I spent a lot of time coding a good checkout solution that worked with Google Checkout, so I was pretty mad when all the work I did went down the drain when they discontinued it. I was fortunate to had already integrated Paypal and Amazon checkout before it was discontinued, so the business impact was pretty small.

But it did teach me to be 10 times more careful when investing time to integrate with a third party platform.

But this also shows an interesting trend away from APIs and "Mashups." 5 to 10 years ago, providing an API for your startup was considered an essential way to promote your platform by having it integrated all over the place. I suspect too many developers got burned in the way that I was with Google Checkout, and stopped trying to "mashup" APIs to the point where there was no longer much benefit to provide them.

Comment Re:Why dislike something you know nothing about? (Score 0) 928

Definitely a system-wide approach VS a semi-random collection of various ways to do things all tacked together (which is, frankly, what most Unix and Unixlike systems are, through survival of the fittest).

And you assume that nothing like systemd has ever been tried during that survival contest?

The systemd approach has always failed to survived. Multiple times.

Through "survival of the fittest' that collection has proven to be the fittest. It is just painful that we have to try a failed approach, again.

Henry Spencer: Those who don't understand Unix are doomed to reimplement it, poorly.

Comment Pelican case, water cooled, external radiator (Score 1) 202

Somebody mentioned a pelican case. That (or similar eg NEMA 4 or 4x) is a good start. But if you cannot get the heat out of the case it doesn't take much power to cook a PC even at -5C exterior temperature and at 30C it takes very little added power.

It sounds like you are talking hundreds of watts. So you need to make it entirely liquid cooled. This means everything that would normally have a fan -- processor, video card, chipset, and power supply. In addition you will likely need a fan in the enclosure to prevent hot spots, and if that isn't enough you'll need to liquid cool those hot spots.

At this point you should be thinking about submerging all the electronics in an oil tank and circulating the oil thru the radiator as your coolant. (Use light mineral oil, because it will get thick at -5C and you may have to heat it so it will flow thru the lines!) Mineral oil submersion will also protect the electronics against condensation.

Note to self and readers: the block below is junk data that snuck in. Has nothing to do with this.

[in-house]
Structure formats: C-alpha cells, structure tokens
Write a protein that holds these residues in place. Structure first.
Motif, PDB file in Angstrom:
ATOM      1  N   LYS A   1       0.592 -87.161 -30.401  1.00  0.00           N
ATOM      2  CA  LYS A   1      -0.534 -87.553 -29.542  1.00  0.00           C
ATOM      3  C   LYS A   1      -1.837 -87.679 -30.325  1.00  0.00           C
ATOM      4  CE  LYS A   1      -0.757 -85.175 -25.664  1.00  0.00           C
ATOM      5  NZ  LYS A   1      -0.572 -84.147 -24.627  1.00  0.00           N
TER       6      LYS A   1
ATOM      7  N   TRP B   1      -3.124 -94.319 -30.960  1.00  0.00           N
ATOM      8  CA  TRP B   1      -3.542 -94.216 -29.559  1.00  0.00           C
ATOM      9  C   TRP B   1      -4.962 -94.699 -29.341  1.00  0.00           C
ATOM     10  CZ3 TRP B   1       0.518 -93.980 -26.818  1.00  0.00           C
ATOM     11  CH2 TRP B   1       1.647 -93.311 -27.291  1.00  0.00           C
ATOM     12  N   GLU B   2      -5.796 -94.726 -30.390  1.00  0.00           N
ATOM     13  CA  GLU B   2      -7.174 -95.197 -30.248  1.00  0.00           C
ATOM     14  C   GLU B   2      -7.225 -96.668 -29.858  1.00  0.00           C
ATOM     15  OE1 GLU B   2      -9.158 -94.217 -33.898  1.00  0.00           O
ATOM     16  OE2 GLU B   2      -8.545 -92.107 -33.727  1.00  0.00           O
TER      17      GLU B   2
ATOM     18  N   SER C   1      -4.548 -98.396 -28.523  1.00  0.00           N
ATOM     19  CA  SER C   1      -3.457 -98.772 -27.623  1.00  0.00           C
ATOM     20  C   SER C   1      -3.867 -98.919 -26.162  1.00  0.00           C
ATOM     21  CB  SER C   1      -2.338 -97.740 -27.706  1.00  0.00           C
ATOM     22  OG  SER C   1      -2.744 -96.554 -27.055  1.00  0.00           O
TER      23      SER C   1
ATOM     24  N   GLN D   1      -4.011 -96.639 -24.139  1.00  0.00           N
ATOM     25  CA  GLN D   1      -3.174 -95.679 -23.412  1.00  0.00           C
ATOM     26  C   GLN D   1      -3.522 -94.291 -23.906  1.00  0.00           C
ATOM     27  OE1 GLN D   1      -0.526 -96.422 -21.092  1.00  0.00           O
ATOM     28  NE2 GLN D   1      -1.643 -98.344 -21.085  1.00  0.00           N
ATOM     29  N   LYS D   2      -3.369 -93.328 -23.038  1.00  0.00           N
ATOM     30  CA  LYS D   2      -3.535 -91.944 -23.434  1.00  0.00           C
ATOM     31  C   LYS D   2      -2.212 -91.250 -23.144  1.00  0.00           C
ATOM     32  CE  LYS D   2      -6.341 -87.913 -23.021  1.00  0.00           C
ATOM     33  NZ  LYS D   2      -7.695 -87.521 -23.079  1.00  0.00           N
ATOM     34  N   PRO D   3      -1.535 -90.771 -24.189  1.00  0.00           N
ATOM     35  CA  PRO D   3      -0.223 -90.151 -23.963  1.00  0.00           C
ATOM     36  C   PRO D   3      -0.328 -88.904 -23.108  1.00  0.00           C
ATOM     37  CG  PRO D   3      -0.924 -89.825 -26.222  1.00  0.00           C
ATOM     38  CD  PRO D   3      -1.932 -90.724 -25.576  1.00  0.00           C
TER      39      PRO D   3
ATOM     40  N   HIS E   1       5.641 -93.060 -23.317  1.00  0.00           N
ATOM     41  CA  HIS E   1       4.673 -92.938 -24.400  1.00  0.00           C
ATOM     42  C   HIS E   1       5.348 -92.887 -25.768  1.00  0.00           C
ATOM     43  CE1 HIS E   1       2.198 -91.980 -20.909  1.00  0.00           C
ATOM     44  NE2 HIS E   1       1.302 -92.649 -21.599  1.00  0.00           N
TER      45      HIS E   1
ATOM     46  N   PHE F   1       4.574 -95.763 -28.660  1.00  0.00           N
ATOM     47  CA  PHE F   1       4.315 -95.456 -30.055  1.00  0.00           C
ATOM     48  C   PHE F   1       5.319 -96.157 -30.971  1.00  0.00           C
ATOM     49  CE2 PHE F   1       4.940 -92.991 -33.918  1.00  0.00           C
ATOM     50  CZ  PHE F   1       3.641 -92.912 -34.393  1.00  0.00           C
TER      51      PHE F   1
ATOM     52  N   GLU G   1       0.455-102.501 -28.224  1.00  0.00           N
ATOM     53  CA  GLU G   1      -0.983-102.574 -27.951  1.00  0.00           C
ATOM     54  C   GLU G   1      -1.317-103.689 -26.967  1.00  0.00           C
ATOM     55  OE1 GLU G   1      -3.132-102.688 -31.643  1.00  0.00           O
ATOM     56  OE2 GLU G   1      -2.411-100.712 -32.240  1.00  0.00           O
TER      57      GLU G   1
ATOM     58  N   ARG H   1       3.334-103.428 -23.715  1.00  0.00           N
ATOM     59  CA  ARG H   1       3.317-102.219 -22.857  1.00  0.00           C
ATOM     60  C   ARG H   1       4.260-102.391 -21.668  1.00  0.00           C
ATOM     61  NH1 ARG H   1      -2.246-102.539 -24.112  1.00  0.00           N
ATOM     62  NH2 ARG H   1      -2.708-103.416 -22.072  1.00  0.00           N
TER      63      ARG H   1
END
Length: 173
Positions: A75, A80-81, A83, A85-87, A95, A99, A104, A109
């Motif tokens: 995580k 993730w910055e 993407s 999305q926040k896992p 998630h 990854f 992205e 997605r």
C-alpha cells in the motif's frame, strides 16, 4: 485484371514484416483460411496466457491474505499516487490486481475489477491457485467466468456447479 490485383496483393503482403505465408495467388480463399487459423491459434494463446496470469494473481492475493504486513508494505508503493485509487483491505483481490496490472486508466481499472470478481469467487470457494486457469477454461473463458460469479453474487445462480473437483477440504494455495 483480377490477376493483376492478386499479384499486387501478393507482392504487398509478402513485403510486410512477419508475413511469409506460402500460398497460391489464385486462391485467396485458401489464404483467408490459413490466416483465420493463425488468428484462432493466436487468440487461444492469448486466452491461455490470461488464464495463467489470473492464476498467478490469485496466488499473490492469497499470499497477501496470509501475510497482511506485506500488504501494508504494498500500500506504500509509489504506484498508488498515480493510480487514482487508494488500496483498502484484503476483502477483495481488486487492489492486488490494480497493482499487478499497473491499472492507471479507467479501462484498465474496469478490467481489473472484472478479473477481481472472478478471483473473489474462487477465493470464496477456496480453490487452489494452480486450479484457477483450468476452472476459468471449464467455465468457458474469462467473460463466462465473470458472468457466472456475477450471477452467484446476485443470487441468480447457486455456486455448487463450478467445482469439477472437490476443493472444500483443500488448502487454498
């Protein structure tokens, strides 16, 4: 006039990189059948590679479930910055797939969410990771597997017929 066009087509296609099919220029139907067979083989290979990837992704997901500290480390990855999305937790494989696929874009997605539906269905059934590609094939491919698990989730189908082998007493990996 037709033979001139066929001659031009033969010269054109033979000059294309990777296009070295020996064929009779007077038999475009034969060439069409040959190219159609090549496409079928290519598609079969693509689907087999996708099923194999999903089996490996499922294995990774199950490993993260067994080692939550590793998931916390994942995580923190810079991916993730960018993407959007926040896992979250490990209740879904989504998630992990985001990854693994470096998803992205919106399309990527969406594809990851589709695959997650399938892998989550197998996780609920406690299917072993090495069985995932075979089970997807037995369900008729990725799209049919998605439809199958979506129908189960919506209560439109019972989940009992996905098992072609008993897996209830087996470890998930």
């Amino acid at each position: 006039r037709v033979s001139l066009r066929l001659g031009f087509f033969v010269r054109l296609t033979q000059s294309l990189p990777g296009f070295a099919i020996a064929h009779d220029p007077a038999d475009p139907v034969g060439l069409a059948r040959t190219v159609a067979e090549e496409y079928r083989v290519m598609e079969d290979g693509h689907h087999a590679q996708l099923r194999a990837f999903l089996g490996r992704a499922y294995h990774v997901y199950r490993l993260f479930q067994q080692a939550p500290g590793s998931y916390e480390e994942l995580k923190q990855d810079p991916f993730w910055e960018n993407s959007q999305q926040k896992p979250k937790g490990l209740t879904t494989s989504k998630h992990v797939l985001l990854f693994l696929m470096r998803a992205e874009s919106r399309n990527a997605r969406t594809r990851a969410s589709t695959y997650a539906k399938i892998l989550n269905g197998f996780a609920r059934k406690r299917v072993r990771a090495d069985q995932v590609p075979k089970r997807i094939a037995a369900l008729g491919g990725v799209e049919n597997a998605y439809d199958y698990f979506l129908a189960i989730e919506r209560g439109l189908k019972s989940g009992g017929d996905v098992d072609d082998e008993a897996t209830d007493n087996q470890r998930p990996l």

The radiator will need to be outside the pelican case. It will most likely need a fan at 30C, so you should use an automotive or similar fan with a proper temperature rating range. Also mount the coolant reservoir externally so you can check the level and fill without opening the enclosure.

If not mineral oil, the cooling system will need to be filled with something to provide freeze protection below your lowest low temperature. (Antifreeze, various alcohols, sugar water, etc.)

The pump will likely need to be controlled to run very slowly when temperatures are cold. But -5C should be okay for everything except perhaps fans and mechanical hard disk (so use SSD). For a less power hungry PC or colder temperatures you might need to insulate the case. If the PC must start when cold -5C is probably okay but you may need to provide auxiliary heating to warm it up to maybe 10C before powering the PC (almost certainly required if using mineral oil or at temperatures colder than -40C, but perhaps at -10C or even at -5C depending on your equipment). You can heat the air in the enclosure but heating the liquid in the cooling system is more efficient if it will thermosiphon within the enclosure. You don't want to pump coolant thru the radiator while trying to heat it.

Mount the equipment without penetrating the case. Keep all electric stuff up as high as possible off the bottom of the case. Condensation or leaks will puddle at the bottom and you want to keep the gear out of that puddle.

Make the cooling, power and connectivity lines come out the bottom of the case (to prevent puddles from slowly seeping in) thru liquid-tite cable glands (to keep out bugs and lightly pressured water). A drop tube around the exit (or each exit) will help protect against high pressure water jets except for a direct stream into the end of the tube. You might also like a valve in the bottom of the case. You can open the valve and if liquid runs out you need to take down and service the system. Do not make any other case penetrations.

All I ask is a chance to prove that money can't make me happy.